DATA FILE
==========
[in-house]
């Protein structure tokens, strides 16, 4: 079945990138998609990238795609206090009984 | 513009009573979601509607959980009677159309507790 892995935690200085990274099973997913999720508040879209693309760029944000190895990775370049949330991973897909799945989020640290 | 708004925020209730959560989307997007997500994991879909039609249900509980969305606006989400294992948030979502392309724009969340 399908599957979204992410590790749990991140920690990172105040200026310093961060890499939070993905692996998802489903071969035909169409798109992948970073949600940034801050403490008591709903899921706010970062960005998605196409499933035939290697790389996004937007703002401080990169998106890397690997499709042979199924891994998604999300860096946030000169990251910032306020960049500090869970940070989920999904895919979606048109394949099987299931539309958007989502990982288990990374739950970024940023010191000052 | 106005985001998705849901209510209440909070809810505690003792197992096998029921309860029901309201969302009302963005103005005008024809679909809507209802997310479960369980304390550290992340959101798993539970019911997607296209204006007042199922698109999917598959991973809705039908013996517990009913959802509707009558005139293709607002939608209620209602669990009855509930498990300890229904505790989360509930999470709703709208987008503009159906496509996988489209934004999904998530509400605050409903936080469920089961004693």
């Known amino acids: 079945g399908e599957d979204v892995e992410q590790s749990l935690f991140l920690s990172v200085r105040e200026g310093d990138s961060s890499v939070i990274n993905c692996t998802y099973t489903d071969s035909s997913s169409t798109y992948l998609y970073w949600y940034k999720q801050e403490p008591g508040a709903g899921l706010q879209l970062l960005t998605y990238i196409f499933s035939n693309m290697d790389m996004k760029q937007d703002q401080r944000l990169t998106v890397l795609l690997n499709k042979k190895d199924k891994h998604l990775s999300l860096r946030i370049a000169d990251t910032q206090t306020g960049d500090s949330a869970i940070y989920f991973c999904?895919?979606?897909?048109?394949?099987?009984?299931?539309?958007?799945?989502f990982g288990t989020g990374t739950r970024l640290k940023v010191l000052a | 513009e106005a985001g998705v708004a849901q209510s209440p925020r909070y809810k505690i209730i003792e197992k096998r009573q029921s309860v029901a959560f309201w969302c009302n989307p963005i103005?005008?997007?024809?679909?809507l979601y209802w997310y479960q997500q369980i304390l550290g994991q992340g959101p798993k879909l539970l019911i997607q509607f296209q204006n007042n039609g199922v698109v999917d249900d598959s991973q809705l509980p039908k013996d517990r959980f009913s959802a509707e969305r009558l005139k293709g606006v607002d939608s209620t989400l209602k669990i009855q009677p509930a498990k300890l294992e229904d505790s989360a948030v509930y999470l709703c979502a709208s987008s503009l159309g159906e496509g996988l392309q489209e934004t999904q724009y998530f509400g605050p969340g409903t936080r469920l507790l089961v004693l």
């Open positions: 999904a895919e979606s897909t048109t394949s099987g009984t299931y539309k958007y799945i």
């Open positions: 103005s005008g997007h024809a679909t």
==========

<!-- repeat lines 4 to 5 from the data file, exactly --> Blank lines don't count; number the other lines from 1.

């Open positions: 999904a895919e979606s897909t048109t394949s099987g009984t299931y539309k958007y799945i």
């Open positions: 103005s005008g997007h024809a679909t």